OPEC to forgo production cut

OPEC was expected to keep its production level unchanged Wednesday, and Kuwait 's oil minister predicted prices would fall below the US$60 per barrel threshold in the second quarter. Sheik Ahmed Fahd Al Ahmed Al Sabah of Kuwait who believes geopolitical tensions are adding US$5 to US$8 to each barrel said he thinks prices will drop below US$60 by the end of June, but are likely to rebound to the US$60 range in the fourth quarter.

Oil ministers meeting behind closed doors at the headquarters of the Organization of Petroleum Exporting Countries conceded that prices were uncomfortably high, but cautioned against lowering output at a time when extremists are attacking energy installations in Nigeria and the Middle East . Many OPEC members repeatedly have said that prices are optimal in the US$40-US$50 range.

But they have hovered considerably higher for months: On Wednesday, light, sweet crude for April delivery was down 18 cents to US$61.40 a barrel on the New York Mercantile Exchange. April Brent on the ICE Futures exchange fell 11 cents to US$61.06 a barrel.

Al Sabah said the 11-nation cartel which pumps a third of the world's oil should maintain its current output quota of 28 million barrels a day, and he ruled out a production increase for the rest of the year. That target does not include Iraq , which adds an additional 1.5 million barrels.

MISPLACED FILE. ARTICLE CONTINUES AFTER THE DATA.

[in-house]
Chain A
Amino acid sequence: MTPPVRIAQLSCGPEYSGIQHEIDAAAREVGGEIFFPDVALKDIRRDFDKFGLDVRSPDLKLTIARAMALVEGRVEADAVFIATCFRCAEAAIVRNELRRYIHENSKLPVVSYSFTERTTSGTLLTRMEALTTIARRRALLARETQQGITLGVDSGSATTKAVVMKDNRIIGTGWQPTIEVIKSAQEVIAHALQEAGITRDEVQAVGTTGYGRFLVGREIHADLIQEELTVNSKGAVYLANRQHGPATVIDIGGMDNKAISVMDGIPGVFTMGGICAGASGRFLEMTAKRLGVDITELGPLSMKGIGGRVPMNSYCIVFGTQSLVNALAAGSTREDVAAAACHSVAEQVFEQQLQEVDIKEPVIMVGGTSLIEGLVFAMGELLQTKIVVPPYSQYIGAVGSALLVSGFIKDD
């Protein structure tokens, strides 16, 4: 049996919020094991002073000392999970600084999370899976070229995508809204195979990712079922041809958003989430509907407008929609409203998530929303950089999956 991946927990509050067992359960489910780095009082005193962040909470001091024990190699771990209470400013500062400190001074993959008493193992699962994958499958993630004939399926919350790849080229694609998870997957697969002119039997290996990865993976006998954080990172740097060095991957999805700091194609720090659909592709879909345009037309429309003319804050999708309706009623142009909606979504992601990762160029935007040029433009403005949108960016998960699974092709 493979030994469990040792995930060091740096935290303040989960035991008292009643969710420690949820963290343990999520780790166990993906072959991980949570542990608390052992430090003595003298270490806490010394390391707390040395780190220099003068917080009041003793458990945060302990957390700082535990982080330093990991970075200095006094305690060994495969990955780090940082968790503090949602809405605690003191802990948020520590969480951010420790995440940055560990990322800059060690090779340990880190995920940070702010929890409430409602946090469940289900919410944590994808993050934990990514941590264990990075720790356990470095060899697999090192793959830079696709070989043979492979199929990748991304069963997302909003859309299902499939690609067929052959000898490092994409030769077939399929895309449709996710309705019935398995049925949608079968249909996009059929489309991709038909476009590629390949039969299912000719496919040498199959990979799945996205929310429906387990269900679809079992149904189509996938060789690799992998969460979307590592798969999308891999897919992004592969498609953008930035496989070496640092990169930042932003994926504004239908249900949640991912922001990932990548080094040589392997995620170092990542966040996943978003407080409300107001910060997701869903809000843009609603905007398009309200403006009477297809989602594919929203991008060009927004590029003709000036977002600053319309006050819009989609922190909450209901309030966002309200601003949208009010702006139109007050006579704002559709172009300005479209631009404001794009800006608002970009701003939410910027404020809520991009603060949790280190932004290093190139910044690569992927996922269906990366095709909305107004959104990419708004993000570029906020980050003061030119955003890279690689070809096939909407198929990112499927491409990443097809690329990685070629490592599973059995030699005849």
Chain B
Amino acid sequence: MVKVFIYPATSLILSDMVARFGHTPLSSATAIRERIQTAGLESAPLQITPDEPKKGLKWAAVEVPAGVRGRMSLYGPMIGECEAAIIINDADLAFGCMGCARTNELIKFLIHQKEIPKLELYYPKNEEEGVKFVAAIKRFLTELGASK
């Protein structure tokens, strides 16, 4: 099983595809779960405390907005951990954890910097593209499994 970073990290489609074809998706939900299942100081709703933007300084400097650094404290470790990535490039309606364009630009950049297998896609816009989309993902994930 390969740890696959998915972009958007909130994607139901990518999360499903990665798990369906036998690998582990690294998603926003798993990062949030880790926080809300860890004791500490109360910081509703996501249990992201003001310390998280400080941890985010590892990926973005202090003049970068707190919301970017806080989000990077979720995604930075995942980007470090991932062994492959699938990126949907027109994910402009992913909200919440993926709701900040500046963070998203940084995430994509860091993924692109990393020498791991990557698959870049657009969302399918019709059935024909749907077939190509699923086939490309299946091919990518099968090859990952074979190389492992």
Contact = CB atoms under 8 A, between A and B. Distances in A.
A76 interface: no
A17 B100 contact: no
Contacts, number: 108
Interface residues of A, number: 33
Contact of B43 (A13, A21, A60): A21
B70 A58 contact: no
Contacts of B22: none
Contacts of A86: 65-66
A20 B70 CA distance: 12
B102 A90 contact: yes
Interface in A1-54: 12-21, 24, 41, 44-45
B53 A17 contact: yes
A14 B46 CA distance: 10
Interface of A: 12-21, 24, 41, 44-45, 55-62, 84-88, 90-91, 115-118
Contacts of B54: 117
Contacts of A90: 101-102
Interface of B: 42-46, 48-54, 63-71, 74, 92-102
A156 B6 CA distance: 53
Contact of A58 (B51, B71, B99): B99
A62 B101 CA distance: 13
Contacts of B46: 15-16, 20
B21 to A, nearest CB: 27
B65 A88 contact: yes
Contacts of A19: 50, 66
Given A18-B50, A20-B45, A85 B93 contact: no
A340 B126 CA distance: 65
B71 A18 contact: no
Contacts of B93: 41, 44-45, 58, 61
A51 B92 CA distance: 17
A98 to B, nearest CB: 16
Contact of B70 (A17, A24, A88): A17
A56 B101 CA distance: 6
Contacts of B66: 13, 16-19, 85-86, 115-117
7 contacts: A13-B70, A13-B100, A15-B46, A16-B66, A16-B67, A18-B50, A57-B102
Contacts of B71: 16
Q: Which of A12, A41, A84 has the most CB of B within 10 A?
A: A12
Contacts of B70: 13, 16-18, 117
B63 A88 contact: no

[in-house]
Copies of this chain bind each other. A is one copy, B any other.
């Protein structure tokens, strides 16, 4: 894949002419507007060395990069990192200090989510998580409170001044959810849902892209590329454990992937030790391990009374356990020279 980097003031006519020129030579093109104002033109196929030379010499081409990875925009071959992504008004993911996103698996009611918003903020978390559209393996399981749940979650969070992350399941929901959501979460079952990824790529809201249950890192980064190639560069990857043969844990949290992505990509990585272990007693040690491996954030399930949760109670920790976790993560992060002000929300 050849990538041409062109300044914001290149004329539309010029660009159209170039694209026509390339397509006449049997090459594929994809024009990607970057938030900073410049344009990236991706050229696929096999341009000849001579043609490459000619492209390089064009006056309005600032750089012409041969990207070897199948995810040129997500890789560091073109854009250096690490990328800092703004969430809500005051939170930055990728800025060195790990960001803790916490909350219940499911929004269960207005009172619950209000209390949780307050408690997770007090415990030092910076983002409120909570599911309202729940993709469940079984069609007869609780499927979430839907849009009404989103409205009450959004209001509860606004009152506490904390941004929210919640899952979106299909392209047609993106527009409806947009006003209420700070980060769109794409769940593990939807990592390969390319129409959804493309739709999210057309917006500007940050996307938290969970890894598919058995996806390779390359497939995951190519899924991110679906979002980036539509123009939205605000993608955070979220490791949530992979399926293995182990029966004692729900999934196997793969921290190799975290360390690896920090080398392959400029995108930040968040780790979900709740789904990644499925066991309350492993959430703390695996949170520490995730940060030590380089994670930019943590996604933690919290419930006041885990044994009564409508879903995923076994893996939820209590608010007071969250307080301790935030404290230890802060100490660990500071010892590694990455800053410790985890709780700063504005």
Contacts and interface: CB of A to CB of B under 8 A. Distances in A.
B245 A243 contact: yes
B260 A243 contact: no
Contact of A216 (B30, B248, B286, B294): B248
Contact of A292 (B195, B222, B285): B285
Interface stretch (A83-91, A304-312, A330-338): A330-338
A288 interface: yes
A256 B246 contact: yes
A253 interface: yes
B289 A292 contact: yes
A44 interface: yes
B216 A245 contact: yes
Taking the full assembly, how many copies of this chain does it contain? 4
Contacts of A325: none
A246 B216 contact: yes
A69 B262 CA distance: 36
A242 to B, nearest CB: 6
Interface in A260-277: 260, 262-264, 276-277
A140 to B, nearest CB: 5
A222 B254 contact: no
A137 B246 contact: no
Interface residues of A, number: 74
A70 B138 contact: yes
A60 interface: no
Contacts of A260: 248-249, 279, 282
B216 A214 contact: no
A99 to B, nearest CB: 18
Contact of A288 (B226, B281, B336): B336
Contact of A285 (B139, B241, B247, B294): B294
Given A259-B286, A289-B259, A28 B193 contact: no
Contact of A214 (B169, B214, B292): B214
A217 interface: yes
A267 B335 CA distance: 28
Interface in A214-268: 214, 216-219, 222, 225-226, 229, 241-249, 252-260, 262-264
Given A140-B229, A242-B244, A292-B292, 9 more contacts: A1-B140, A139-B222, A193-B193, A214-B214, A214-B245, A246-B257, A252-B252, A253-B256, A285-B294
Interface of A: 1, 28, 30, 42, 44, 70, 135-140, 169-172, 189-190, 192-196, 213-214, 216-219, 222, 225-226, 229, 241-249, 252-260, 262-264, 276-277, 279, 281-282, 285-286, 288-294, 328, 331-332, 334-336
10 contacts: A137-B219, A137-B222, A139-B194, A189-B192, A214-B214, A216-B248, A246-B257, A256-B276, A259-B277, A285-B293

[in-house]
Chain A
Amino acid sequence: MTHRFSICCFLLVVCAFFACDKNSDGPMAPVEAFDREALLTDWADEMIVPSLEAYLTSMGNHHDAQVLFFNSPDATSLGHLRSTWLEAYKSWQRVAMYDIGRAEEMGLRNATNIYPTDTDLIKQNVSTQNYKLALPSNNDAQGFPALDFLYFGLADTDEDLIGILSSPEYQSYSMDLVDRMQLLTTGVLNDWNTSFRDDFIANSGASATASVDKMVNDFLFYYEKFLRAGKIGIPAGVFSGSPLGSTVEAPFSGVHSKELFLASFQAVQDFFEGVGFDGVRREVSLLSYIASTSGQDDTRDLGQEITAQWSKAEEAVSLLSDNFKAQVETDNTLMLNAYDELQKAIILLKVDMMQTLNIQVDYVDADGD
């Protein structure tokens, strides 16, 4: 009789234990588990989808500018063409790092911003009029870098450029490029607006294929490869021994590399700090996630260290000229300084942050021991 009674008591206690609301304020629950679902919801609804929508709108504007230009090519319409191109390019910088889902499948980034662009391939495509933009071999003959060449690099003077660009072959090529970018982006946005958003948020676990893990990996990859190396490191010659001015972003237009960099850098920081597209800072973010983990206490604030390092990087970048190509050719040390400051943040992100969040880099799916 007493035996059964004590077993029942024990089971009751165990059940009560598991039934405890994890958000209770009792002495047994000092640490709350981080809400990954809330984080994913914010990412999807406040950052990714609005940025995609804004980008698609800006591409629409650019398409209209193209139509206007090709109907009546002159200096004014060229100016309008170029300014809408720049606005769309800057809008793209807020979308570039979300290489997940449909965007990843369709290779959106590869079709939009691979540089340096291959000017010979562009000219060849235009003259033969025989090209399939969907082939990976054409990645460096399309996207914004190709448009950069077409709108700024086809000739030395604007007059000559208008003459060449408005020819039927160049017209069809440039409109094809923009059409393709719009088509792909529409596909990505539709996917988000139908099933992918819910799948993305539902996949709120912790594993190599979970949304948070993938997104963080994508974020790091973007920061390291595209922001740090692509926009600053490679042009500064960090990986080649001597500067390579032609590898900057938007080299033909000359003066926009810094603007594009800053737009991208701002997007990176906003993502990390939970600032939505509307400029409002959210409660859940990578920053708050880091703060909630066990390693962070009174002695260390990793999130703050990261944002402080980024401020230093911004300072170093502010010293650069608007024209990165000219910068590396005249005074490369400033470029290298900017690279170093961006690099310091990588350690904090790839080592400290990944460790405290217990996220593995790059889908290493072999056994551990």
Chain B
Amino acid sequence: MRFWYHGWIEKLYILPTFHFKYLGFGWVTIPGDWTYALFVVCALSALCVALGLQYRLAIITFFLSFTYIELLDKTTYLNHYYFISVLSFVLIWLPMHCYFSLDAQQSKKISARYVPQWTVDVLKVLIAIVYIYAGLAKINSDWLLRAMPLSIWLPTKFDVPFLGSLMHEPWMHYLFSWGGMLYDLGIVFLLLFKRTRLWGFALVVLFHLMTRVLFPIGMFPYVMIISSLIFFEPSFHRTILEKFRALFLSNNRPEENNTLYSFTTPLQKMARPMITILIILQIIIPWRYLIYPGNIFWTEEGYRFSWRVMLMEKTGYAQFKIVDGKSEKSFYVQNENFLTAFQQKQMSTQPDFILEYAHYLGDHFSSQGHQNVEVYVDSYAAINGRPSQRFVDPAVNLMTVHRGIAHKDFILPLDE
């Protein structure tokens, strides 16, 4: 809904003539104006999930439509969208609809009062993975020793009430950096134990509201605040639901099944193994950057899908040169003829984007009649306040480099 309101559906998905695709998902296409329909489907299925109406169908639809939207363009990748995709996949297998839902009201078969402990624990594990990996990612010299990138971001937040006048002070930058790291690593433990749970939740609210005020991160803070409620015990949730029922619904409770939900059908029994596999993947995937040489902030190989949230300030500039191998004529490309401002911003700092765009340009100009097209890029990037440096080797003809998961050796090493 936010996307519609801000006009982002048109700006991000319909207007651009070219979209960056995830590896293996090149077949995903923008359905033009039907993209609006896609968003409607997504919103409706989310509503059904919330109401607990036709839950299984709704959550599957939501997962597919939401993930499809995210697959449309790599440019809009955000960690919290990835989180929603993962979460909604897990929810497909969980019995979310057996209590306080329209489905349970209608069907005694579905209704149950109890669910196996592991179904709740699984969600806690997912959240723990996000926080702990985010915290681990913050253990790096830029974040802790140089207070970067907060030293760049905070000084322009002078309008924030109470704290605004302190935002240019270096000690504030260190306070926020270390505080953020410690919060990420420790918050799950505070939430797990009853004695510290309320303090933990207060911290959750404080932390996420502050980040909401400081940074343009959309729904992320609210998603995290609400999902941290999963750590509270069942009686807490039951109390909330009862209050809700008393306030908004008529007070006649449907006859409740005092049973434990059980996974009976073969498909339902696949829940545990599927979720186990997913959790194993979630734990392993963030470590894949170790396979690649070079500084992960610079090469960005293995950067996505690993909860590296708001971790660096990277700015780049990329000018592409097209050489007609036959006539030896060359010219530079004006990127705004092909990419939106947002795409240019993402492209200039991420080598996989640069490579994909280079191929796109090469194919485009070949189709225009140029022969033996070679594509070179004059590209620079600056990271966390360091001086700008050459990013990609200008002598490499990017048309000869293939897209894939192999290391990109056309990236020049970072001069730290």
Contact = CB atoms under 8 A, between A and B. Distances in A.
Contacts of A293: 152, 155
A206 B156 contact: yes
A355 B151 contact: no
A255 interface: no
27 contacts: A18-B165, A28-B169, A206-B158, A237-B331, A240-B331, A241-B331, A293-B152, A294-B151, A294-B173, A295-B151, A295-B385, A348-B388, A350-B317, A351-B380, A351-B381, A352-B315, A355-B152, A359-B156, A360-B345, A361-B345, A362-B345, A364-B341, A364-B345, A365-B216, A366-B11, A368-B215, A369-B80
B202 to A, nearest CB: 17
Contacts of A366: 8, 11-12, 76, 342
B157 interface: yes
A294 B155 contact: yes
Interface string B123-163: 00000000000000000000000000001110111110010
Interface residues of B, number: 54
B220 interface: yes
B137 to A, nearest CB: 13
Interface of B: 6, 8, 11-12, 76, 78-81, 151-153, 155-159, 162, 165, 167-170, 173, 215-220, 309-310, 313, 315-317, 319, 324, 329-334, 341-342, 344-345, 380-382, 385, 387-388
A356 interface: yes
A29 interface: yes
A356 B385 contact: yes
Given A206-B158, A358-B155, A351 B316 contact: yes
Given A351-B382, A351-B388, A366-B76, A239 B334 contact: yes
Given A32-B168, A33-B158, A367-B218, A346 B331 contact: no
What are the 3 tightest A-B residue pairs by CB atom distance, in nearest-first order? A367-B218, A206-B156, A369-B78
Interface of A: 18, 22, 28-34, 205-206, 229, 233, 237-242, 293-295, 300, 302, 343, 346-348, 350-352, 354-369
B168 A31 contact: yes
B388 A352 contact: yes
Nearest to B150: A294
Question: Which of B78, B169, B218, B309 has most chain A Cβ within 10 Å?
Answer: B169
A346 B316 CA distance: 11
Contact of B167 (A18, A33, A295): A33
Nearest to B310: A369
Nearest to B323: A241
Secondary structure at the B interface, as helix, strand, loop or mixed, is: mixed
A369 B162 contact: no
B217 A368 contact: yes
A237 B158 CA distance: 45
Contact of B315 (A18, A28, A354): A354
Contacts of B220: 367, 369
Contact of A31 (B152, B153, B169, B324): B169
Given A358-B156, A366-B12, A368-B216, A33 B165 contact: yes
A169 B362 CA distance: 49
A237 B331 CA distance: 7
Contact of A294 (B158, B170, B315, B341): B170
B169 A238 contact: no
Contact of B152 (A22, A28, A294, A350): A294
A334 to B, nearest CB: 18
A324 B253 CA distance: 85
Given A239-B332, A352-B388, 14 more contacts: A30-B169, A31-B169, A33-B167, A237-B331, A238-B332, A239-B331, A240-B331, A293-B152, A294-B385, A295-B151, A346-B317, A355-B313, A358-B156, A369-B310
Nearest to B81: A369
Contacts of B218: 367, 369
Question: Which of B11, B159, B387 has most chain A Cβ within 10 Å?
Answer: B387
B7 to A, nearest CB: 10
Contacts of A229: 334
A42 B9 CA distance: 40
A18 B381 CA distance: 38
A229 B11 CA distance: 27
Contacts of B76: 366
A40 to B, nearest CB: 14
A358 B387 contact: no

Venezuela 's oil minister, Rafael Ramirez, said Wednesday he would postpone his push to get OPEC to cut production by at least half a million barrels a day. The South American country is one of the group's most strident voices in favor of constraining output to keep prices high.

Ramirez has maintained that the market is oversupplied by at least 500,000 barrels a day, and contends the surplus will widen to as much as 2 million barrels a day if demand falls as expected in the second quarter. But with no public support from other members, he said he would make his case again at the next OPEC meeting in June.

"The worries are there but ... we may have to wait for the next meeting," he said. Mohammed al-Hamli, oil minister of the United Arab Emirates , insisted the cartel's output was "already adequate." Worries over Iran 's nuclear ambitions, militant threats in Nigeria and attacks on Middle East facilities stoked concerns about supply disruptions as OPEC mapped out its pumping and pricing strategies for the spring and summer.

Saudi Arabia has tightened security measures around its energy installations in the wake of the Feb. 24 bombing outside the gates of its Abqaiq facility, the world's largest oil-processing plant, Saudi Oil Minister Ali Naimi said Wednesday. "Naturally after something like, that security goes up. We have been taking additional measures," including the option of using surface-to-air missiles to thwart any airborne attacks and arming security forces with higher-powered weapons, Naimi said.

Recent attacks by militants on Nigerian pipelines and oil facilities have reduced the country's production by 455,000 barrels a day. Nigeria normally exports 2.5 million barrels daily. Edmund Daukoru, OPEC's president and Nigeria 's oil minister, said the African nation was "committed to providing adequate security for operators in the ( Niger ) Delta." He said Nigeria planned to pump an additional 600,000 barrels a day by June, reports the AP.


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